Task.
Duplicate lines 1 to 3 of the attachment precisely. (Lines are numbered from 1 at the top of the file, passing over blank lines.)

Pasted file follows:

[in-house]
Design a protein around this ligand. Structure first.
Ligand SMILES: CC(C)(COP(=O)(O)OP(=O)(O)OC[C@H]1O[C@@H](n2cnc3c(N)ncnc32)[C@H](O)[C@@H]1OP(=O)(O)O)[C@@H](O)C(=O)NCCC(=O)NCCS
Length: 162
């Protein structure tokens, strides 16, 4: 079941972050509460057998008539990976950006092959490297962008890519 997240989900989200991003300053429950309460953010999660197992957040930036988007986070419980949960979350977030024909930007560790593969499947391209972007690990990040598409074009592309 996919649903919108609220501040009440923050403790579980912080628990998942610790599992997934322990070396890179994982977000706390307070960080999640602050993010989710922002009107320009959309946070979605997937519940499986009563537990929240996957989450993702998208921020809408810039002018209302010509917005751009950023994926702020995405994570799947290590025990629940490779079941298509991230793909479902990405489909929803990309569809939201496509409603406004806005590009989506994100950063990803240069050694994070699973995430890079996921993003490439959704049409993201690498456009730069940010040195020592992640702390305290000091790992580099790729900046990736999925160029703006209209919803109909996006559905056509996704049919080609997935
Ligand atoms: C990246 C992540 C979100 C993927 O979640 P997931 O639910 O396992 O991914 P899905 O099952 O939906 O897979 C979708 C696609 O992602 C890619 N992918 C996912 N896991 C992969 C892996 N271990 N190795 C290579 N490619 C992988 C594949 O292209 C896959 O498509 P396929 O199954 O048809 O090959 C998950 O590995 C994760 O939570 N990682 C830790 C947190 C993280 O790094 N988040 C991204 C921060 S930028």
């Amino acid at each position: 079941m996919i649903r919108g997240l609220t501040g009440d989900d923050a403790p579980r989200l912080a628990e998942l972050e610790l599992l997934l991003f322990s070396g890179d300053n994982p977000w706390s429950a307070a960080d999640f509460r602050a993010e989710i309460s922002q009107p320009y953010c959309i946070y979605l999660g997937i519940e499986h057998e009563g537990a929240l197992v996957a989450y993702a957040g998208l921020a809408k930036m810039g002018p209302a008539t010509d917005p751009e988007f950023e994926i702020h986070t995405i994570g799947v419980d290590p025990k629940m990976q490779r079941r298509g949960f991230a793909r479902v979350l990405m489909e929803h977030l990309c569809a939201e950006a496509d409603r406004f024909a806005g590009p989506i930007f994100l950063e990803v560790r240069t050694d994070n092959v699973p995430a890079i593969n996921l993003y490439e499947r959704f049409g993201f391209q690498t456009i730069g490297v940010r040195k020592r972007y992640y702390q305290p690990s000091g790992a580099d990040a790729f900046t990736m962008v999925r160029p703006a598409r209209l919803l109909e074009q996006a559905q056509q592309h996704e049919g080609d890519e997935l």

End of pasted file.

[in-house]
Design a protein around this ligand. Structure first.
Ligand SMILES: CC(C)(COP(=O)(O)OP(=O)(O)OC[C@H]1O[C@@H](n2cnc3c(N)ncnc32)[C@H](O)[C@@H]1OP(=O)(O)O)[C@@H](O)C(=O)NCCC(=O)NCCS